Peanut and tree nut allergy incidence lower among children whose mothers ate them during pregnancy.
"Our study showed increased peanut consumption by pregnant mothers who weren't nut allergic was associated with lower risk of peanut allergy in their offspring," says the study's senior author Michael Young, MD, of Boston Children's Division of Allergy and Immunology. "Assuming she isn't allergic to peanuts, there's no reason for a woman to avoid peanuts during pregnancy."
Previously, women had been advised to avoid highly allergenic foods such as peanuts and tree nuts during pregnancy and while nursing, and that their children should avoid peanuts until 3 years of age. The goal of these recommendations, despite a lack of supporting research, was to minimize early allergen exposure and sensitization, thereby reducing the risk of developing childhood peanut allergy. The American Academy of Pediatrics (AAP) endorsed these recommendations in 2000. However, from 1997 to 2007, the number of peanut allergy cases in the U.S. tripled, leading the medical community to reexamine its recommendations. Based on the lack of evidence supporting early dietary avoidance, the AAP rescinded the recommendation in 2008.
"No one can say for sure if the avoidance recommendation for peanuts was related to the rising number of peanut allergies seen in the late 1990s and early 2000s, but one thing is certain: it did not stop the increase," Young says. "It was clear that a new approach was needed, opening the door for new research."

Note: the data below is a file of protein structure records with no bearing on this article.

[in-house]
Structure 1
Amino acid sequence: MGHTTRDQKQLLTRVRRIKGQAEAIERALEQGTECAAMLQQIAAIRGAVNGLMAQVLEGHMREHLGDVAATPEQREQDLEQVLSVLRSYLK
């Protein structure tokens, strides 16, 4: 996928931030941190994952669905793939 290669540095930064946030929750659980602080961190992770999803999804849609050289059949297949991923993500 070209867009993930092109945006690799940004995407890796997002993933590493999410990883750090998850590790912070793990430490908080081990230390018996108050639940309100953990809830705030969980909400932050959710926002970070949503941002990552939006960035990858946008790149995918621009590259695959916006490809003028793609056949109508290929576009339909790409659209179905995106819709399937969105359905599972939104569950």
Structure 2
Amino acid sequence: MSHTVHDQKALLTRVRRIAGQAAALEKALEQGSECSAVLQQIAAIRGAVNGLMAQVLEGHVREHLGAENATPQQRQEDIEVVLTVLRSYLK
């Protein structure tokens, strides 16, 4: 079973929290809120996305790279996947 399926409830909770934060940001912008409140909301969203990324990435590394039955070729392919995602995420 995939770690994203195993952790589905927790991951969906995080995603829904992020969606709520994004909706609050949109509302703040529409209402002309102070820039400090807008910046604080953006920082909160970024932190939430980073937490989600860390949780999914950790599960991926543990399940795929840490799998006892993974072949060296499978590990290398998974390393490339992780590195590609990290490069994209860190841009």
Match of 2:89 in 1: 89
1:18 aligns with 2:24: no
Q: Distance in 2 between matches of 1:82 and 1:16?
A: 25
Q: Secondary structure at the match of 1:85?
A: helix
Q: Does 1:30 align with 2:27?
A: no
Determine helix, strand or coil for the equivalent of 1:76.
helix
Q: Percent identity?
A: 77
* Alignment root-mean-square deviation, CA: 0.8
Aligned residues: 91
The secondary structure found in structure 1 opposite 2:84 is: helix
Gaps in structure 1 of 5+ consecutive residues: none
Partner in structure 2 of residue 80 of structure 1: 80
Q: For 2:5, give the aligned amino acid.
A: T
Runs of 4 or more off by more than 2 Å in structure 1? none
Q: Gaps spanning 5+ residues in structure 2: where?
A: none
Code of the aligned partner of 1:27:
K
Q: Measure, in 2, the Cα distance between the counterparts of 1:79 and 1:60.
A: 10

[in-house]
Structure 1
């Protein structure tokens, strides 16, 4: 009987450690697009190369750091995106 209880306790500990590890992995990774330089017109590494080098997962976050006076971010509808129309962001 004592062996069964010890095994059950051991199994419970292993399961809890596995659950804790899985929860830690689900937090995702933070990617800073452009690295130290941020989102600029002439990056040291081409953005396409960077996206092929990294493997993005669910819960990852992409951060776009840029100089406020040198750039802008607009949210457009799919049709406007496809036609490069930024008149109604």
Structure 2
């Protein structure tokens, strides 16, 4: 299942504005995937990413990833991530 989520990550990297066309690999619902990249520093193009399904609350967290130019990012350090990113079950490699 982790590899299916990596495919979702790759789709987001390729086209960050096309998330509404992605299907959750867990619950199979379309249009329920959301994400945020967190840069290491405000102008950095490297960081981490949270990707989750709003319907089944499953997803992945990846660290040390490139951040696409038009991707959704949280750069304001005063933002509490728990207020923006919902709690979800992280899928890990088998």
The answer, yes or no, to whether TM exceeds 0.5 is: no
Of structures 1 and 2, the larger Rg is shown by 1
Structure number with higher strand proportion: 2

To further define the relationship between maternal diet and the development of food allergy in offspring, Young and his team analyzed large amounts of data provided by the Growing Up Today Study (GUTS). Examining the records of 8,205 children, the researchers positively identified 140 cases of peanut or tree nut allergies. They then examined the diets of each child's mother--specifically, peanut and nut consumption--during the peri-pregnancy period and compared them with the dietary habits of pregnant women whose children did not develop a peanut allergy.
Young and team found that the rate of peanut allergy was significantly lower among children in the study whose mothers ate peanuts during the peri-pregnancy period. Although this is a substantial finding, the data demonstrate only an association between maternal diet and the risk of peanut allergy in children.
"The data are not strong enough to prove a cause-and-effect relationship. Therefore, we can't say with certainty that eating more peanuts during pregnancy will prevent peanut allergy in children. But we can say that peanut consumption during pregnancy doesn't cause peanut allergy in children," Young says. "By linking maternal peanut consumption to reduced allergy risk we are providing new data to support the hypothesis that early allergen exposure increases tolerance and reduces risk of childhood food allergy."
About Boston Children's Hospital
Boston Children's Hospital is home to the world's largest research enterprise based at a pediatric medical center, where its discoveries have benefited both children and adults since 1869. More than 1,100 scientists, including seven members of the National Academy of Sciences, 13 members of the Institute of Medicine and 14 members of the Howard Hughes Medical Institute comprise Boston Children's research community. Founded as a 20-bed hospital for children, Boston Children's today is a 395-bed comprehensive center for pediatric and adolescent health care grounded in the values of excellence in patient care and sensitivity to the complex needs and diversity of children and families. Boston Children's is also the primary pediatric teaching affiliate of Harvard Medical School. For more information about research and clinical innovation at Boston Children's, visit: http://vectorblog.org.
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